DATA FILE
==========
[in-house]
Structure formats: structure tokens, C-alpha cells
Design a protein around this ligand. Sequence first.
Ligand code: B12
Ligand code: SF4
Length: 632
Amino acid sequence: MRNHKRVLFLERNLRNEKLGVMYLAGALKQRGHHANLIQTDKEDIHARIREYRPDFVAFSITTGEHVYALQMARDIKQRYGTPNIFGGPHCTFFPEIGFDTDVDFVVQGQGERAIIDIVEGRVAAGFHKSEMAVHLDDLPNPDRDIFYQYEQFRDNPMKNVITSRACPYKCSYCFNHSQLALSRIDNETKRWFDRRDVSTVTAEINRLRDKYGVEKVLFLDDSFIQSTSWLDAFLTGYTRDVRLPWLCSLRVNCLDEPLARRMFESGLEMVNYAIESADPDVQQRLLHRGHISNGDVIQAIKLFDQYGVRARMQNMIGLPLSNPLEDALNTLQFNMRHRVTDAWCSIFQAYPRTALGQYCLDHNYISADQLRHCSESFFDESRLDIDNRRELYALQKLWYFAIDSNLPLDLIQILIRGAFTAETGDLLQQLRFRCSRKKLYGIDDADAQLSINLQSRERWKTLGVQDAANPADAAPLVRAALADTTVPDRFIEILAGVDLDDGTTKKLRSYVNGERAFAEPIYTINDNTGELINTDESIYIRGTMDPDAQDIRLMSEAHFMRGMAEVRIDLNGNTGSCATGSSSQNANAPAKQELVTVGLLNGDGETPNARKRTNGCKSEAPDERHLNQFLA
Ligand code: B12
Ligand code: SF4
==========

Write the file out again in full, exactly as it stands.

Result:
[in-house]
Structure formats: structure tokens, C-alpha cells
Design a protein around this ligand. Sequence first.
Ligand code: B12
Ligand code: SF4
Length: 632
Amino acid sequence: MRNHKRVLFLERNLRNEKLGVMYLAGALKQRGHHANLIQTDKEDIHARIREYRPDFVAFSITTGEHVYALQMARDIKQRYGTPNIFGGPHCTFFPEIGFDTDVDFVVQGQGERAIIDIVEGRVAAGFHKSEMAVHLDDLPNPDRDIFYQYEQFRDNPMKNVITSRACPYKCSYCFNHSQLALSRIDNETKRWFDRRDVSTVTAEINRLRDKYGVEKVLFLDDSFIQSTSWLDAFLTGYTRDVRLPWLCSLRVNCLDEPLARRMFESGLEMVNYAIESADPDVQQRLLHRGHISNGDVIQAIKLFDQYGVRARMQNMIGLPLSNPLEDALNTLQFNMRHRVTDAWCSIFQAYPRTALGQYCLDHNYISADQLRHCSESFFDESRLDIDNRRELYALQKLWYFAIDSNLPLDLIQILIRGAFTAETGDLLQQLRFRCSRKKLYGIDDADAQLSINLQSRERWKTLGVQDAANPADAAPLVRAALADTTVPDRFIEILAGVDLDDGTTKKLRSYVNGERAFAEPIYTINDNTGELINTDESIYIRGTMDPDAQDIRLMSEAHFMRGMAEVRIDLNGNTGSCATGSSSQNANAPAKQELVTVGLLNGDGETPNARKRTNGCKSEAPDERHLNQFLA
Ligand code: B12
Ligand code: SF4